Did you know that demographers have categorized a new generation: the Star Wars Generation? These are people born between 1977 and 1983. They’re the younger siblings of GenXers and the older siblings of Millennials.
When the late Carrie Fisher took interviews about her role as Princess Leia in Star Wars, she described the first trilogy—1977 to 1983–“as signs pointing to something we all desire.” Then she added, “that’s what’s so powerful about Star Wars, it gives us New Hope.” Her quote gives us far more than the title of the first episode—New Hope—she was giving us a Christian theology about a way to understand and talk about what God gives us on this Day of Resurrection—New Hope.
The nine Star Wars episodes are grouped into threes—but the story is not given to us chronologically. We start with 4, 5, 6, and then 1, 2, 3, and finally we look to the next generation in 7, 8, and 9. Friends, that’s the way the Bible is—we know the end before the beginning. The resurrection shines back through every story, including the story of Jesus’s birth. The light of New Hope is on the manger, and on every other moment in Jesus Christ’s life. The sequel is what we do in this and every other faith community when we read the Bible and worship God and follow Jesus Christ—we are the sequel.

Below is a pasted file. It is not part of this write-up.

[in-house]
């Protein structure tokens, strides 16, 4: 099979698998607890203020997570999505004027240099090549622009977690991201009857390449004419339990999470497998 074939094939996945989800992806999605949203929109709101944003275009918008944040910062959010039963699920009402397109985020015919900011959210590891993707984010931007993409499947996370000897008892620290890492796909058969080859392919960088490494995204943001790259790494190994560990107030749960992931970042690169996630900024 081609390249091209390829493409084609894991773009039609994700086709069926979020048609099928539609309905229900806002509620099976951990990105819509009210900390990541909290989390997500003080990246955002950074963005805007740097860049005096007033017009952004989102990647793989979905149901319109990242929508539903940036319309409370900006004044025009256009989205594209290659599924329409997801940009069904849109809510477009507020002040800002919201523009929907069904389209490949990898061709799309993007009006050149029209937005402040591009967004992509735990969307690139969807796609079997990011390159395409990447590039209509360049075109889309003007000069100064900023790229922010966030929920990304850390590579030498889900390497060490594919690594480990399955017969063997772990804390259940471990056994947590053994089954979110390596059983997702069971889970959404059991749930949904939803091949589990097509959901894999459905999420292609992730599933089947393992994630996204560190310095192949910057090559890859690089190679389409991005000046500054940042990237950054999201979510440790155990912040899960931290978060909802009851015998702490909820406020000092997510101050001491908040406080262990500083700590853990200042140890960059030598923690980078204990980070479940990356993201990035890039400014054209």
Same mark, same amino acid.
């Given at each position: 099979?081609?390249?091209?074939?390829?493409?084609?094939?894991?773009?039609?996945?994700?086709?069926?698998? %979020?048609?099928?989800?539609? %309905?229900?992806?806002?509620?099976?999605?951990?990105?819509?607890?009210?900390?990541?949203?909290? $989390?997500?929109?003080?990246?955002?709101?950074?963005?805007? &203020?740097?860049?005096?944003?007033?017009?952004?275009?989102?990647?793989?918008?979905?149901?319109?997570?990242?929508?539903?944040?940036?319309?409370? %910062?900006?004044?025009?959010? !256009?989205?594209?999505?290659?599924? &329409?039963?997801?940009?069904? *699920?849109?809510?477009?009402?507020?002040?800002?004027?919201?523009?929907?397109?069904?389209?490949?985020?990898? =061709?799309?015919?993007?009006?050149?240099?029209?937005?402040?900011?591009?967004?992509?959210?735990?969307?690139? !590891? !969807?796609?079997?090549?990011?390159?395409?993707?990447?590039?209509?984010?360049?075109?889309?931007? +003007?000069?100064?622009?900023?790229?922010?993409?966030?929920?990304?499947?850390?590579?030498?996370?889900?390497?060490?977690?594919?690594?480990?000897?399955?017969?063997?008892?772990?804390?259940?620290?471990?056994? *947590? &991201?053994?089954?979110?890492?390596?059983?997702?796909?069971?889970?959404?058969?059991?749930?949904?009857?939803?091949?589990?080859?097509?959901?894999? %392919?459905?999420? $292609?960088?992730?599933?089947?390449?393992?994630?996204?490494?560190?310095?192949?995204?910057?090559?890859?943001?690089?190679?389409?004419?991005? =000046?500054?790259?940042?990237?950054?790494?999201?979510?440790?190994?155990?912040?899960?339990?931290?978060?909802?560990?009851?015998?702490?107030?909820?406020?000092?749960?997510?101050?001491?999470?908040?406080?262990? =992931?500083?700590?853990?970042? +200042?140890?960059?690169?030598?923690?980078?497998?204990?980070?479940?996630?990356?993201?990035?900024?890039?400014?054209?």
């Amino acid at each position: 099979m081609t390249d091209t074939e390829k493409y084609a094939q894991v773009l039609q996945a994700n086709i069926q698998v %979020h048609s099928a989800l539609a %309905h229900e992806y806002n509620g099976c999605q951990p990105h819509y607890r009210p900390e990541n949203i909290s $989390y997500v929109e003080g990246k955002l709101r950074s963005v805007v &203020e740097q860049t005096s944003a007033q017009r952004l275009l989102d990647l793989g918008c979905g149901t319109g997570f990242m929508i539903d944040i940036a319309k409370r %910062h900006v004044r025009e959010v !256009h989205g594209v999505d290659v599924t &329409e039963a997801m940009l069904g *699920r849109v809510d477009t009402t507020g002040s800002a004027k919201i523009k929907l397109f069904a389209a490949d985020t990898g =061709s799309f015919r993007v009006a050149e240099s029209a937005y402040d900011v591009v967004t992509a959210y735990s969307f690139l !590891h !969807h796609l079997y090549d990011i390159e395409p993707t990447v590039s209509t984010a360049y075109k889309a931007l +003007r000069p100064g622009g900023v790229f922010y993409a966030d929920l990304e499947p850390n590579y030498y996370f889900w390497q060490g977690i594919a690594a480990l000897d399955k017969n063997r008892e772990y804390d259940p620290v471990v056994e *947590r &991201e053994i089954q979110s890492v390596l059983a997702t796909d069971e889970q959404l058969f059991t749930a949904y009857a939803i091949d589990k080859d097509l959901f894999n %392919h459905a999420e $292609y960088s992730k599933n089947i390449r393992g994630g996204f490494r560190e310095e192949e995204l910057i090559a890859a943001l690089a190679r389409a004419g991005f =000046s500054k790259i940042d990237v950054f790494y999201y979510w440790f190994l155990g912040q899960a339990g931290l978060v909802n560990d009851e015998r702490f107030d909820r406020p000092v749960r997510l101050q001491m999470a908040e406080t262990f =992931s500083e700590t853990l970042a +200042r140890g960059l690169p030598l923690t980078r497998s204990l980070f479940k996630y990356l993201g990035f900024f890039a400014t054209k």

Today is the prequel. The same two women who were there when he died on the cross on Friday, those same two, before the sun was up on the first day of the week, Sunday, head back to the tomb. The risen Christ meets Mary Magdalene and the other Mary and says, “Greetings!” They go to him, take hold of his feet, and worship him. And then Jesus says, “Do not be afraid; go and tell my brothers to go to Galilee; there they will see me.”
“Do not be afraid.”—if we need a two-word summary of Christian faith, “fear not” would be it.Except there’s so much to be afraid of these days. War in Ukraine, crippling debt, climate change, the end of political civility, and now, the sobering fact that the leading cause of death among children is no longer car crashes or illness or malnourishment, but death from a firearm.
There’s plenty to be afraid of, and we can become captives of our own fears. And when we do, we are not fully alive. Today—because of Easter—death is no longer in charge. Because of Easter we literally live in a new world where the ultimate reality is not the death of all things, but is life in God and love everlasting.
New Hope was the name of the first episode of Star Wars. It doesn’t matter when we were born, or what names demographers use to classify us, Easter is New Hope, a new reality, a whole new world in which death’s deadliness is overcome, replaced with a love that never dies.
Fear not. Do not be afraid. Sing and laugh this day and every day, for Christ our Lord was dead but is risen and is going ahead of us into the future. There we will see New Hope.